The natural filtering processes that occur in wetlands can help water utilities make used water clean once again. KETR spoke with Loretta Mokry, an environmental scientist with Fort Worth-based Alan Plummer Associates, who describes how the Tarrant Regional Water District implemented a "constructed wetlands" program.
This week, we’re doing something a little different – instead of talking about proposed lakes, we’re taking a look at existing ones. Labor Day weekend is coming up, so what better time to check levels at lakes around the region.
The Texas Water Development Board is responsible for writing the state water plan. The Texas Commission on Environmental Quality issues permits for new projects. Typically, it's the TCEQ that evaluates the possible merits and damages caused by new development. But what happens when the Texas Water Development Board's planning regions can't agree? Does the TWDB then shift into a mode of evaluating harm and benefits? Board spokesman Andy Saenz says that the role of the board is, well, fluid. The Texas Legislature might continue to tweak the process in the upcoming session.
Dramatic moments in public water policy planning aren’t too common. But there actually was such a moment in Texas water policy last week. It involved the proposed Marvin Nichols Reservoir, which if built, would flood about 70,000 acres north of Mount Pleasant.
Supporters of the proposed Marvin Nichols Reservoir encountered a speed bump in Austin this morning, while opponents of the project welcomed a delay of the Texas Water Development Board's final recommendation.
If the proposed Marvin Nichols reservoir is built along the Sulphur River, then not only would some land need to be flooded, but comparable lands must also be set aside to mitigate the environmental damage caused by flooding about 70,000 acres of bottomland hardwood forest.
Since the Dallas area would receive most of the water delivered by the new lake, it's been suggested that the Dallas area - represented in the state water system by Region C - provide a share of the "mitigated" land that's proportional to the region's water use.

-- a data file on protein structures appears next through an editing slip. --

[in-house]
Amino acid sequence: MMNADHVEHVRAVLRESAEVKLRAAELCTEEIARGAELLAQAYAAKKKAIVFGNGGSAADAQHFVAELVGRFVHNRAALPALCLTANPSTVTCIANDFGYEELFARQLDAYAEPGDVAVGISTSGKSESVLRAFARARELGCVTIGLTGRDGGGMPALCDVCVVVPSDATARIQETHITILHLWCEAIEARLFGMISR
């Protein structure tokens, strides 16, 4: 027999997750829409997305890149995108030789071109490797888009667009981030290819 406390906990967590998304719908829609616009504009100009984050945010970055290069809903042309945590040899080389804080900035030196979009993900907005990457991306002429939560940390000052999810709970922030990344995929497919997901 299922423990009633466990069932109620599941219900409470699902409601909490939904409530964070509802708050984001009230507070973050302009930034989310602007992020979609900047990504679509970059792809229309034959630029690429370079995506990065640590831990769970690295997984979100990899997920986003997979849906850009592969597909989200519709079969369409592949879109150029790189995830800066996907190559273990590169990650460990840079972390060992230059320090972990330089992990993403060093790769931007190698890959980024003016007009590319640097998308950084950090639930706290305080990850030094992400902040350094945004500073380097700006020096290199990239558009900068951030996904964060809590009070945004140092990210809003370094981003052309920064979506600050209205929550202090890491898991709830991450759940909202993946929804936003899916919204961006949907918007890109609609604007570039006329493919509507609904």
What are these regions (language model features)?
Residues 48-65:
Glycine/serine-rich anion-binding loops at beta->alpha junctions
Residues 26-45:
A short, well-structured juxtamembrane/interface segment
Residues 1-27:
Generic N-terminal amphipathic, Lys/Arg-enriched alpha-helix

Last year, Texas voters approved the allocation of $2 billion from the state’s rainy day fund to pay for water projects. Proposition 6 won fairly handily, but many from both the left and the right sides of the political spectrum had concerns about the new water fund. Transparency and accountability were mentioned. And even supporters of the measure cautioned against over-investing in certain types of projects.
Van Zandt county retired businessman Bob Hall rode a wave of Tea Party support to defeat longtime state Senator Bob Deuell in a Republican Party primary runoff last month. Having won the GOP nomination, Hall is considered a safe bet to win the general election in November.
Northeast Texas Municipal Water District administrator Walt Sears discusses the three hurdles that any new reservoir in Texas must clear. A project must first be included in the state water plan, which is published by the Texas Water Development Board. Then, another state agency, the Texas Commission on Environmental Quality, must issue permits for the project. Finally, the new reservoir must receive federal approval.
Sears also mentions that Sen. Kevin Eltife, an East Texan, serves on the new legislative oversight committee set up to assist the Texas Water Development Board.
The fate of the Marvin Nichols Reservoir proposal - at least insofar as it figures into the Texas Water Development Board's plans - now lies in the hands of that agency's three-person governing body, consisting of chairman Carlos Rubinstein, Bech Bruun and Kathleen Jackson.
It’s going to be a busy week for the Marvin Nichols Reservoir proposal. The Texas Water Development Board is in the process of resolving a conflict between two regional planning groups over the idea. The Northeast Texas group doesn’t want there to be a new, 70,000 acre lake along the Sulphur River north of Mount Pleasant. The North Texas group is in favor of the proposal.
The mayor of Mount Pleasant, Paul Meriwether, and the mayor of Mount Vernon, Margaret Sears, both support the proposal to build the Marvin Nichols Reservoir in Northeast Texas. Meriwether and Sears addressed the public at a forum on the issue hosted by the Texas Water Development Board and held in Mount Pleasant on Apr. 29.
After over a decade of public discussion and commentary, the Texas Water Development Board should be coming to a decision on the proposed Marvin Nichols Reservoir soon. The public commentary period ends 5 p.m. Friday, May 2. The board is accepting emailed and written comments.